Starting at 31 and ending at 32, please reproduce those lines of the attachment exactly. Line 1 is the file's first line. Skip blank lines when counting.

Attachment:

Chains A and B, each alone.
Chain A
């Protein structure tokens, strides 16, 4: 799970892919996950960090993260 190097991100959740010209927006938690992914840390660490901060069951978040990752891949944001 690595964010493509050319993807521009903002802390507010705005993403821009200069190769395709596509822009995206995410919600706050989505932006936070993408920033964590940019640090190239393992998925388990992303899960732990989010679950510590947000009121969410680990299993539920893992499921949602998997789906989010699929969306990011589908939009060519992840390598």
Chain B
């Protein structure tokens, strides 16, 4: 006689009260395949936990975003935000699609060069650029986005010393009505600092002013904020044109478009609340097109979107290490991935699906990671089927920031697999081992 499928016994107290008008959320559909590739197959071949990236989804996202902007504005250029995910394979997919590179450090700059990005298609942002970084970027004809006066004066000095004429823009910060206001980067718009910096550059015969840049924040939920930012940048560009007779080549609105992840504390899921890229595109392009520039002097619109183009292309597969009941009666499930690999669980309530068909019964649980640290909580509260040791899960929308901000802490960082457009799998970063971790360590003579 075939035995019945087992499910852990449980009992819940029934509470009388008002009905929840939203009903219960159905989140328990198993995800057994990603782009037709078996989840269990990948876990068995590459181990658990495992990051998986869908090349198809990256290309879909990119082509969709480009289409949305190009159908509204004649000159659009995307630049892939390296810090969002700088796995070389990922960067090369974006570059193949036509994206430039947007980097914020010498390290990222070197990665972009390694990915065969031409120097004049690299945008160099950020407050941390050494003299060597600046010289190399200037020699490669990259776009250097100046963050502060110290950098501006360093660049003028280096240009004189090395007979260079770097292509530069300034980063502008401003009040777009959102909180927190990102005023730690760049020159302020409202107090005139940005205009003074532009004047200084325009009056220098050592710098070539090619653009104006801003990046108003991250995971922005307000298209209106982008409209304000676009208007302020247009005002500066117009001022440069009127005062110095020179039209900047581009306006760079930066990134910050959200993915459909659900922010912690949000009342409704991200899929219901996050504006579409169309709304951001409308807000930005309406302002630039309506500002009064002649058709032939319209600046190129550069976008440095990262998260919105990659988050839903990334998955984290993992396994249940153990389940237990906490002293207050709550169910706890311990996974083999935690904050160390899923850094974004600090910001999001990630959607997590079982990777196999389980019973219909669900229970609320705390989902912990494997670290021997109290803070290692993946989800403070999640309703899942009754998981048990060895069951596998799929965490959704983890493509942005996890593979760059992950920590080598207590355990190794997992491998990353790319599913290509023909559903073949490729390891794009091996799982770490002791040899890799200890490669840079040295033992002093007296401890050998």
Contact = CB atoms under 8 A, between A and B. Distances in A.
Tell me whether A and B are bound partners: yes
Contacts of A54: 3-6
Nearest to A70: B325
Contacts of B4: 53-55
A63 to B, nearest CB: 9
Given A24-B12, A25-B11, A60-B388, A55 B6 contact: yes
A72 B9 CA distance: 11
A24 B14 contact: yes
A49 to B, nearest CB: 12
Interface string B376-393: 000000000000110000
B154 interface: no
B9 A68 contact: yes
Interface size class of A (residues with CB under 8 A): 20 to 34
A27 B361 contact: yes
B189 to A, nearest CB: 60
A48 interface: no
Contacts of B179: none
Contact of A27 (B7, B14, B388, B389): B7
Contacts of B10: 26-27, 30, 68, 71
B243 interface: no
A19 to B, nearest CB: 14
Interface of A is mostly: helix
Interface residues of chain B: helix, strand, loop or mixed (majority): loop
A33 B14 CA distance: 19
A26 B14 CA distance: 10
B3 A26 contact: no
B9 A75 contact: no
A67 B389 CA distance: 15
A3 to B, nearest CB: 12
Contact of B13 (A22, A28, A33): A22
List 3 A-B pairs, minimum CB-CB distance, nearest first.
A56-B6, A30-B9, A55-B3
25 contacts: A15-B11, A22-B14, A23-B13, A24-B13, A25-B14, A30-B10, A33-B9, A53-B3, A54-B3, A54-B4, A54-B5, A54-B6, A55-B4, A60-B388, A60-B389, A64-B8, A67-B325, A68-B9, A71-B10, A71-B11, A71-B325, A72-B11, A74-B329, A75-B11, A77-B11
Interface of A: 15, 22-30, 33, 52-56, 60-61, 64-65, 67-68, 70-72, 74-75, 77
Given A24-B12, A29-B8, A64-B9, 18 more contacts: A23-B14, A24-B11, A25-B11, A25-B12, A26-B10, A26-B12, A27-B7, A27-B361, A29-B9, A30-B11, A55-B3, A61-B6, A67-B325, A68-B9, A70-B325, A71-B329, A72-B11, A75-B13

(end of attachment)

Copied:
A26 B14 CA distance: 10
B3 A26 contact: no